Arlington Heights acquires key parcel in Hickory-Kensington area

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Arlington Heights officials Monday acquired a key piece of property in an area they’ve long been priming for redevelopment.

The village board agreed to pay $620,000 for the 28,419-square-foot lot at 6 N. Hickory Ave. — a leftover parcel just north of a nearly complete five-story, 76-unit apartment building. It’s all part of the former Dana Molded Products factory site.

A redevelopment agreement inked between the village and developers Guido Neri and Ben Pecoraro in 2018 called for the village to buy the square-shaped parcel — not needed for the larger apartment project — and hold it for possible future development.

Despite construction delays, the developers have made significant progress on the apartments and 3,500 square feet of commercial space — expected to be ready for occupancy later this year or early next, village officials say.

Charles Witherington-Perkins, the village’s director of planning and community development, said the extra piece of land to the north could be assembled with a neighboring parcel to the west for some type of small development. A different developer has submitted plans for a five-story apartment building at 4 N. Douglas Ave. that would mirror the new apartment project next door on Hickory.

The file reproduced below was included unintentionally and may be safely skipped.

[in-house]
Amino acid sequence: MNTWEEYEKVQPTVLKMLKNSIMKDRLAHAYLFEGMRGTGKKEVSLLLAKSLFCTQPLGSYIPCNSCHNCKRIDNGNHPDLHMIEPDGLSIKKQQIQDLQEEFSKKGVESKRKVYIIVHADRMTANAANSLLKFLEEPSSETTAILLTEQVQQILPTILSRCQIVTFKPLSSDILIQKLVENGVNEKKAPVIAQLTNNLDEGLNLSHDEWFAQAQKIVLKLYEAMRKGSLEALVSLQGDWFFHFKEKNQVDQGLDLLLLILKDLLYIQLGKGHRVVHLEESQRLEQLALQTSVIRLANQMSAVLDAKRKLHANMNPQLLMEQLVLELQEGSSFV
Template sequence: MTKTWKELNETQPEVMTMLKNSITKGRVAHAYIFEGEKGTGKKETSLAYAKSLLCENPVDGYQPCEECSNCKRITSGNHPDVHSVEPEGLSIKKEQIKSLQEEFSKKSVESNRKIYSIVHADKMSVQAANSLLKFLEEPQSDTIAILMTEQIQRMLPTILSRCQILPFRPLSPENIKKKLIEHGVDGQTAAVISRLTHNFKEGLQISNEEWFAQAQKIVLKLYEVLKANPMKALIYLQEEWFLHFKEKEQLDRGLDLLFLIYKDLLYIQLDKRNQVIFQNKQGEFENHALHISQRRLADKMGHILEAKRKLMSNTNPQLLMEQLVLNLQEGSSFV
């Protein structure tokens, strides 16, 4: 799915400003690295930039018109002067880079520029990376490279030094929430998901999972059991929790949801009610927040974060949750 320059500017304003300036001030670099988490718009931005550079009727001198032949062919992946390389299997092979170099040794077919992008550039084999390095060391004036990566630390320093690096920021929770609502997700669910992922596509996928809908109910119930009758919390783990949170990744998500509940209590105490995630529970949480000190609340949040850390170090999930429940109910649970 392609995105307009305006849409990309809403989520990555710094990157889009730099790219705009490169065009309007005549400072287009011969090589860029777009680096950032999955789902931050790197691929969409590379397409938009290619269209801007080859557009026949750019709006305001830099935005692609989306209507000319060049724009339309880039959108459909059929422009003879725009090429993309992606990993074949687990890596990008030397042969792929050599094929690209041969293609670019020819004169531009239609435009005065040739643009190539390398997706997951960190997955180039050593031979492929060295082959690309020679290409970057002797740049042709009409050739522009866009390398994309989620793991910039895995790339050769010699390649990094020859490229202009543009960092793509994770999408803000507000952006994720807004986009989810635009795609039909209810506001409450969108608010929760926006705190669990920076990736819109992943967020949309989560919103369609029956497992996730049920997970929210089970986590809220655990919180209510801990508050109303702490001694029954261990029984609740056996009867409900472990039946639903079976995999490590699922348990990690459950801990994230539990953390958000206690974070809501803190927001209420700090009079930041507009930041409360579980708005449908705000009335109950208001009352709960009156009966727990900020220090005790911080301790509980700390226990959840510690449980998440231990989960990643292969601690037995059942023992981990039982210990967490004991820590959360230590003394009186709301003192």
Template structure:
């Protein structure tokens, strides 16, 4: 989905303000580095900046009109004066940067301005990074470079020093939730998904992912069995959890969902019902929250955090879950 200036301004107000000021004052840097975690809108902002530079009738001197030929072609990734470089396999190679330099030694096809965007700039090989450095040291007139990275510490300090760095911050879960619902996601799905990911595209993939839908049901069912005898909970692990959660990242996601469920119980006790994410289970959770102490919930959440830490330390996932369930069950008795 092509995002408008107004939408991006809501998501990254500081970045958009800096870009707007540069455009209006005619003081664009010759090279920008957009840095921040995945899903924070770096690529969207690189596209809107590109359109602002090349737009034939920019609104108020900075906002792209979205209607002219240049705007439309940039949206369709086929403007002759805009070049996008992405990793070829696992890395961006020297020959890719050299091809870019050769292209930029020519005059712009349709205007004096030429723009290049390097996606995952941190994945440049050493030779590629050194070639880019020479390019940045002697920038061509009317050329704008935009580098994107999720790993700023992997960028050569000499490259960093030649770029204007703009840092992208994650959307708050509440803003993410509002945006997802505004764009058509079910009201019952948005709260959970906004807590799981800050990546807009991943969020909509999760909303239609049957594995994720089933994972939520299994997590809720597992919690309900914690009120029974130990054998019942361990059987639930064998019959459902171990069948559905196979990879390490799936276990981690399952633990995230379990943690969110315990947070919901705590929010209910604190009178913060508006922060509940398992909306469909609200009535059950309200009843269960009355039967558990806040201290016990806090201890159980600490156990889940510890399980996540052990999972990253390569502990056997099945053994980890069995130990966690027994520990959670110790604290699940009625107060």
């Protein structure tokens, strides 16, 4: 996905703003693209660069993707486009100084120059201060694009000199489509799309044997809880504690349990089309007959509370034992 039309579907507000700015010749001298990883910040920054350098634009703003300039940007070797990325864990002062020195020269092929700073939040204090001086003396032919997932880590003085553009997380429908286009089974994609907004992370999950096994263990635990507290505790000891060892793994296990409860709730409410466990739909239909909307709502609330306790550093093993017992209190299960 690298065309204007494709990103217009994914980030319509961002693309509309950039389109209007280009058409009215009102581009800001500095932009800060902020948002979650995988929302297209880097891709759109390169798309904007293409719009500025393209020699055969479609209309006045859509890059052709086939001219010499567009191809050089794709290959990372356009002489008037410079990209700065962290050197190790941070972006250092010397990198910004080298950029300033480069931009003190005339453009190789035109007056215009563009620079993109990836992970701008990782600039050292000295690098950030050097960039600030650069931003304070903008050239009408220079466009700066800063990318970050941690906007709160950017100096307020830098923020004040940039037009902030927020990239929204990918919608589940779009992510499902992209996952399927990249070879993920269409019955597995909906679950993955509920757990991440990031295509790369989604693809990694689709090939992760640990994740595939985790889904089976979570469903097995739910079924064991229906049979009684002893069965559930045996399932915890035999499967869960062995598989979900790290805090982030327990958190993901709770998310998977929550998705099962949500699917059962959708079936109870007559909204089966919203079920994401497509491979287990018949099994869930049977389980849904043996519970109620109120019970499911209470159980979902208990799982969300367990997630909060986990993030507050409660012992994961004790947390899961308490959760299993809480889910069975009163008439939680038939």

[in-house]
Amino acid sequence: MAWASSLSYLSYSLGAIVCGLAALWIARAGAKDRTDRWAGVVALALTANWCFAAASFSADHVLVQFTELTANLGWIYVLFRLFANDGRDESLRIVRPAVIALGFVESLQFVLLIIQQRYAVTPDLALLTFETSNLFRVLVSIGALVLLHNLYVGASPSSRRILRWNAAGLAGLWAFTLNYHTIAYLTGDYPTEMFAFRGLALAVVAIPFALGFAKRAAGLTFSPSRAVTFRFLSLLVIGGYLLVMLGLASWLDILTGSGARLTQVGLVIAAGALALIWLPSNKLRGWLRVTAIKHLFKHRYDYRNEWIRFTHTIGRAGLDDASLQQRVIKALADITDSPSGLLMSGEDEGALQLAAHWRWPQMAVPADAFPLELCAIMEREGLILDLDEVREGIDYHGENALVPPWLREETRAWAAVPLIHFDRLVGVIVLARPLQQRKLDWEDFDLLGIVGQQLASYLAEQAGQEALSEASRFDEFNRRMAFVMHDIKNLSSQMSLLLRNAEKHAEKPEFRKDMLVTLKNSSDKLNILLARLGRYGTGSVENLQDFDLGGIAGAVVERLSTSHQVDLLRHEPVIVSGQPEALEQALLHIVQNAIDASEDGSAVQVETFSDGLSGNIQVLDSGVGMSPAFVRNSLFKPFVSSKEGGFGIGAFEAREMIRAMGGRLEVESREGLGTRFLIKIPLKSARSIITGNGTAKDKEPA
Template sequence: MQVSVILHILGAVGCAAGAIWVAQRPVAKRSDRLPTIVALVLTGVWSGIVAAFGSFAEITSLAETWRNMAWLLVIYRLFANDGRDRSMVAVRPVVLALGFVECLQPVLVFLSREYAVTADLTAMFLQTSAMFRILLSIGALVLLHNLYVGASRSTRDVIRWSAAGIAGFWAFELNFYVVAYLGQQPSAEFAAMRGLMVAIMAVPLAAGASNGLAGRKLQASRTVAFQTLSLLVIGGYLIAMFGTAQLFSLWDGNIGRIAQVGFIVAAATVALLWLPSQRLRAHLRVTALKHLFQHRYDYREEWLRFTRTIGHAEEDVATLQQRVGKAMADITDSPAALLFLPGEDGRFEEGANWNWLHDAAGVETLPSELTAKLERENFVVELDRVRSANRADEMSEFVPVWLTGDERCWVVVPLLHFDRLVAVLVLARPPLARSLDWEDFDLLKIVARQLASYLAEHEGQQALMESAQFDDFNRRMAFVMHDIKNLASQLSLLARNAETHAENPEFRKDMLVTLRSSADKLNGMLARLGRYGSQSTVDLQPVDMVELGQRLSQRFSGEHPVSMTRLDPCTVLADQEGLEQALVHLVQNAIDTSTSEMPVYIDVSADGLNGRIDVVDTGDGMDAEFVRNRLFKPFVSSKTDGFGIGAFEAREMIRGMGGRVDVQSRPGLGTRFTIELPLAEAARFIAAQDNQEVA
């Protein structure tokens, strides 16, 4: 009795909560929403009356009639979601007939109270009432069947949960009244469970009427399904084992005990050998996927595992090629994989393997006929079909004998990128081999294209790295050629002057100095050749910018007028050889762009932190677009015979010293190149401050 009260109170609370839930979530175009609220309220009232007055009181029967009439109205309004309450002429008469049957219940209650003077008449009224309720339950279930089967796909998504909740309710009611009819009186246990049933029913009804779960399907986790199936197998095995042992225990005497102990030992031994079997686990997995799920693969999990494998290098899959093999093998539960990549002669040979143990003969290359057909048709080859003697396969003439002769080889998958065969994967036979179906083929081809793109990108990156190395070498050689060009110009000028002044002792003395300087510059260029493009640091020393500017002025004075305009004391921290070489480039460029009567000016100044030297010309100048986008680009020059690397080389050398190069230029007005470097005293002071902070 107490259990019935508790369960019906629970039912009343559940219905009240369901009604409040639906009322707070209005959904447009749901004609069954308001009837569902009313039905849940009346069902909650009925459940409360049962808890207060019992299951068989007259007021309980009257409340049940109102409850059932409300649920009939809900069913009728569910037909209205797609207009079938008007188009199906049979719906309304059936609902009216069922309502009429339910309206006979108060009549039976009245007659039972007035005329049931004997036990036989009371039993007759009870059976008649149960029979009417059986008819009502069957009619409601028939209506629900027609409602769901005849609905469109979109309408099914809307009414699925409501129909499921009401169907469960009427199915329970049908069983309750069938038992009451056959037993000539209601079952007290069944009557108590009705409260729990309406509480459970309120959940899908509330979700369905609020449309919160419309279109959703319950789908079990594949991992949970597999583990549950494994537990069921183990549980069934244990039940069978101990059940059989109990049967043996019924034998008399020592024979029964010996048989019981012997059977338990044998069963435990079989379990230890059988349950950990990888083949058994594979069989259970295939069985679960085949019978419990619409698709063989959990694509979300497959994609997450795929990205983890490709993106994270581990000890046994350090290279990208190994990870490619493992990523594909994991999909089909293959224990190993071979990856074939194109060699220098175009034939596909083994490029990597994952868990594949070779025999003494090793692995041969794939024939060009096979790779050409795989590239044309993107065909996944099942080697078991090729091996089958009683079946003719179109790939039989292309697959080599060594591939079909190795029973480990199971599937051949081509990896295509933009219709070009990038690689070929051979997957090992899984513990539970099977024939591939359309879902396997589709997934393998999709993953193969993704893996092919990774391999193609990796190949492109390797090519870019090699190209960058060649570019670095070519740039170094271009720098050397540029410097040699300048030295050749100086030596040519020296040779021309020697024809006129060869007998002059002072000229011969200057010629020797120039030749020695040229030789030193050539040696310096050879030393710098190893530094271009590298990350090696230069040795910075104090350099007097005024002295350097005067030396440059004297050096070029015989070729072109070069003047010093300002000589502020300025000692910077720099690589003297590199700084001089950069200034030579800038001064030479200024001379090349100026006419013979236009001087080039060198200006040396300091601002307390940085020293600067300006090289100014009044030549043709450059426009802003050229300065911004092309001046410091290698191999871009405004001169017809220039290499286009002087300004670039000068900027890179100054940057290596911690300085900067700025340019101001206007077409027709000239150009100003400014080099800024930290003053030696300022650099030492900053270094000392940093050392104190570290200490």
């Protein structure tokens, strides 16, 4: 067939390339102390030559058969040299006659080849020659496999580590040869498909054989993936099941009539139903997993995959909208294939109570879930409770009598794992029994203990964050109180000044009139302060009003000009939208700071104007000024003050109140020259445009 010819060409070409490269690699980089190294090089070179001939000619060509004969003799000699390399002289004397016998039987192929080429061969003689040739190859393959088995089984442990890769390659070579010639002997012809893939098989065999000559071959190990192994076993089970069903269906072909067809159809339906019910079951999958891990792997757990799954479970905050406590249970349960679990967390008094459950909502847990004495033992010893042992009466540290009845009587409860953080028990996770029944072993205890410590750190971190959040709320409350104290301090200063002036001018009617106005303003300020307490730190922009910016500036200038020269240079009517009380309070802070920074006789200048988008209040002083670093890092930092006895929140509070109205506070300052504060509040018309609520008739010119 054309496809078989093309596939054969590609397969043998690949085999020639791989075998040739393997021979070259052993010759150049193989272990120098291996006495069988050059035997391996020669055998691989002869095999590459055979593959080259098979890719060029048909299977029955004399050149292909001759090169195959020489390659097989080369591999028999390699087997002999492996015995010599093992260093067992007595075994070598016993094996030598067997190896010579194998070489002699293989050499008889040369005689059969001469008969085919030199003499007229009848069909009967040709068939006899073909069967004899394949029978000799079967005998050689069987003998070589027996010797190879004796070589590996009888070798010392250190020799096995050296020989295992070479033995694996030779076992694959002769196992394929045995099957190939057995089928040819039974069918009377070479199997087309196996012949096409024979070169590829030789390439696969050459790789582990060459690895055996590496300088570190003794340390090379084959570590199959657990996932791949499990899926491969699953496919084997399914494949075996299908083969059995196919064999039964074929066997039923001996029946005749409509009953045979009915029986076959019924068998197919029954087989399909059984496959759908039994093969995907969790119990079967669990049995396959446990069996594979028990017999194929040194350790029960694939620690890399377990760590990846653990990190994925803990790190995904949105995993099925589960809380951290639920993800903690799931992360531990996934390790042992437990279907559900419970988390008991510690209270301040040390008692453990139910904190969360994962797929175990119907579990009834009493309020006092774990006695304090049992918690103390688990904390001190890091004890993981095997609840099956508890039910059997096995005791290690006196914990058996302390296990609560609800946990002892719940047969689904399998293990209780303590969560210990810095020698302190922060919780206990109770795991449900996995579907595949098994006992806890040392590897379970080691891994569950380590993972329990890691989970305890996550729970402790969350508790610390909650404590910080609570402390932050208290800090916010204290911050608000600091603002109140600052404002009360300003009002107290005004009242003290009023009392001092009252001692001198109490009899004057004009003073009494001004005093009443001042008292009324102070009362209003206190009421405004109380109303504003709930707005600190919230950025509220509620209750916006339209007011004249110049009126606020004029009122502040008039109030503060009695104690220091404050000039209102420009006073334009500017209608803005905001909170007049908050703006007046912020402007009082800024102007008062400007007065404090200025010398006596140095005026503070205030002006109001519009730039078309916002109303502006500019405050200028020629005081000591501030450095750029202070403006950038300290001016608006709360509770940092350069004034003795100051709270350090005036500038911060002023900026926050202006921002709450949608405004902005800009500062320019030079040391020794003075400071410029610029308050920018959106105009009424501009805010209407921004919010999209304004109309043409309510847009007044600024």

Or the newly acquired Hickory lot could be incorporated with the long-standing Heller Lumber Co. property to the north, if and when that redevelops, Perkins said. But, he emphasized, “there’s no intent or effort by the village to move the lumber yard out.”


        
        
        
        
        
        
        
        
        
        
        
        
        
        
        
        
        
        
        
        
        
        
        
        

 

“Rather than having multiple little pieces of property owned by different people — that’s the one thing that stalls development is the land acquisition side of things,” Perkins said.

The village set up a tax increment financing district in 2014 to help spur redevelopment of the light industrial area into a mixed-use, pedestrian-friendly neighborhood that could complement the nearby downtown.

Through the TIF district — in which property taxes above a certain level go into a fund for economic development projects — the village is paying the apartment developer $800,000 to extend Campbell Street west from Hickory and make streetscape improvements along Hickory and Kensington Road.

The village recently extended Campbell to the east behind Beverly Lanes bowling alley.

Still to come in the neighborhood is the proposed Arlington Beer Co. microbrewery at 19 N. Hickory Ave. But despite receiving land use and zoning variations from the village board more than two years ago, the owners haven’t submitted applications for a building permit or liquor license, Perkins said.

        
        
        
        
        
        
        
        
        
        
        
        
        
        
        
        
        
        
        
        
        
        
        
        



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